Northern Illinois University continues to get "written up" for the way it manages tracking of property and equipment. According to a compliance audit released Thursday through the state's Office of the Auditor General, an inventory certification reported 1,288 items ($1,624,740) of equipment could not be located by the university. The listing included approximately 520 computers, servers, CPUs, or other electronic storage devices.
This finding has been repeated since 2015.
The audit report recommends the university continue to strengthen its internal controls over the accountability of university property.
In response, the university accepts the auditors’ recommendation and says NIU has taken corrective measures to strengthen controls over the accountability of assets. School officials say they have developed a Missing Asset Internal Investigation Form to capture detail of any sensitive data stored on the device. In addition, "Vice-Presidents are notified of missing items to exert a sense of urgency and resources needed to locate missing assets. Also, the University has developed training for responsible officers and revamped its asset transfer process to better track when assets move between departments."
The compliance audit also noted a lawsuit related to an Open Meetings Act violation for former NIU President Doug Baker.
Auditors say they became aware during their examination of pending litigation where the NIU Board of Trustees is the Defendant in a lawsuit related to former President Doug Baker's severance package. It challenges the Board’s compliance with the Open Meetings Act .
The audit report recommended that the university provide sufficient detail within agendas provided in advance of meetings of the Board of Trustees and various committees to ensure compliance with the Illinois Open Meetings Act.
In response, the university said, "Without waiving any argument raised in the litigation or its right to appeal the judgment of the court once it is made final, the University accepts that the finding accurately summarizes the December 1, 2017, ruling of the court, and accepts the recommended remedial action."
Full university response:
This audit finding appears to be a direct consequence of the Court decision in the case referenced, and not separate from the plaintiff’s cause of action in the case. On June 15, 2017, the Board of Trustees voted in open session on approval of a Presidential Transition Agreement, which impacted the employment of President Doug Baker. Under the proposed Presidential Transition Agreement, Dr. Baker agreed to resign from the presidency of the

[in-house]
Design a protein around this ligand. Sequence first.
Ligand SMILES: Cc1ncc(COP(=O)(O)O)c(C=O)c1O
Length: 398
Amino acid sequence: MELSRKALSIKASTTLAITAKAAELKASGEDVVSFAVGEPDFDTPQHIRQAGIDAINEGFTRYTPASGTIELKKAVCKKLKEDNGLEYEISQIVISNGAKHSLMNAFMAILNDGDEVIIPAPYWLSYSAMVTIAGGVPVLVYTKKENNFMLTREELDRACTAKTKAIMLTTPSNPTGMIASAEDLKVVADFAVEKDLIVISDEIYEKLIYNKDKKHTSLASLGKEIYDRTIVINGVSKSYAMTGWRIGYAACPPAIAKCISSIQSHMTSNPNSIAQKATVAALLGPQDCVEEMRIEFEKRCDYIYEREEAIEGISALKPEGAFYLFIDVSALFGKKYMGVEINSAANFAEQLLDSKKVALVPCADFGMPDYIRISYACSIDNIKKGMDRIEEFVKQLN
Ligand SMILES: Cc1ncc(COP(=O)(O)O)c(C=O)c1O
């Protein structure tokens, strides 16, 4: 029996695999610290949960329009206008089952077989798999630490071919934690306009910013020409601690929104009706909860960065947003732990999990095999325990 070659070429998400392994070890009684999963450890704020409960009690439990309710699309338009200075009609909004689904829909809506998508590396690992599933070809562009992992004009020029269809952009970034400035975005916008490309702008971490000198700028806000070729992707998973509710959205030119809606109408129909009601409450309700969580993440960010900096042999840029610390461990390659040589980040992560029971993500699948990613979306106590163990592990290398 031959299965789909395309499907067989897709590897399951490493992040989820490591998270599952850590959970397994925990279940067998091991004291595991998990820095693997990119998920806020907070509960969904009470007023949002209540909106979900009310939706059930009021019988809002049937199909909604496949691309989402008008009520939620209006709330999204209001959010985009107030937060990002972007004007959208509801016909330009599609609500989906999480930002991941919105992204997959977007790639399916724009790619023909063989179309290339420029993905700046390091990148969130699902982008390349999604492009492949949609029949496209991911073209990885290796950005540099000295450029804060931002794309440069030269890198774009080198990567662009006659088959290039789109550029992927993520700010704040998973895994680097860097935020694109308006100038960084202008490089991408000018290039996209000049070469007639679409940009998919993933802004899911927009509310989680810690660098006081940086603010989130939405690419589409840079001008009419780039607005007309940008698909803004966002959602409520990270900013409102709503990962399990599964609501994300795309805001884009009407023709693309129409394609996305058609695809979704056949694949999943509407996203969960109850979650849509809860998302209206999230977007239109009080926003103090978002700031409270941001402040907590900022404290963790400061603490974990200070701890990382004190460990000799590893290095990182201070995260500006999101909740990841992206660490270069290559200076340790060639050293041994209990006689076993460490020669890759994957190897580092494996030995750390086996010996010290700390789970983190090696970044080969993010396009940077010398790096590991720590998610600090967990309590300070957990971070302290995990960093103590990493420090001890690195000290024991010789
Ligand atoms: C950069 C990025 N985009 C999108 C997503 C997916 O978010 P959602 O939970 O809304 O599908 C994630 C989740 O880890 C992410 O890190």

University, and he also agreed to relinquish his tenured faculty position with the University, and provide the University with a release of any and all claims associated with his employment at NIU, among other considerations. It was incumbent upon the Board to consider this proposed agreement or any other appropriate action in relation to President Baker at the June 15th meeting. Unlike routine university recommendations that concern general operations, this was a personnel matter subject to the exclusive prerogatives of the Board, marked by significant urgency and limited opportunity. In the litigation, the Board asserted a range of potential outcomes that prevented a more specific item. This was a unique situation that is not anticipated to occur again and certainly not with any regularity. To preserve the Board’s ability to determine the most appropriate course of action, the general subject matter of “13. Presidential Employment (review and approval)” was put on the agenda and posted 48 hours in advance of the meeting. In the end, the Board agreed with the Presidential Transition Agreement as the appropriate course of action and approved the entering of the agreement in open session, in line with the stated intent of the Open Meetings Act “to ensure that the actions of public bodies be taken openly and that their deliberations be conducted openly.”
As noted above, the Illinois Open Meetings Act requires any agenda to “set forth the general subject matter of any resolution or ordinance that will be the subject of final action at the meeting.” The Illinois Open Meetings Act does not define “general subject matter.” In addition, there are no court opinions or other authorities that identify the minimum level of sufficient detail that needs to be put onto an agenda of a public meeting, in order to meet the “general subject matter” standard. In fact, the Court in this case expressly noted in its Order and Decision that “This Court has not found any cases that discuss the sufficiency of compliance with the phrase ‘general subject matter.’”
In the end, the Court concluded that new amendments to the Northern Illinois University Law were not applicable to the case. The Court further concluded that the Board complied with sections a and b of 5 ILCS 120/2.02, as well as section e of 5 ILCS 120/2. Lastly, the Court concluded that Agenda Item 13 for the June 15, 2017 meeting violated the requirements of section 2.02(c) of the Open Meetings Act because it failed to describe the general subject matter of the resolution that was the subject of the final action at the meeting with regard to a transition agreement with Dr. Baker. The Court declined to opine on the level of specificity that would be necessary to meet the “general subject matter” standard, but concluded that the necessary level of specificity was not present for Agenda Item 13. The Court’s order and decision, promulgated after the Board’s action, and after considerable review and debate, therefore, established the deficiency at issue in this audit finding.
For clarification, while the judge did issue an Order and Decision, and the Board and University did take action to address that Order and Decision, the case is still pending in DeKalb County Circuit Court.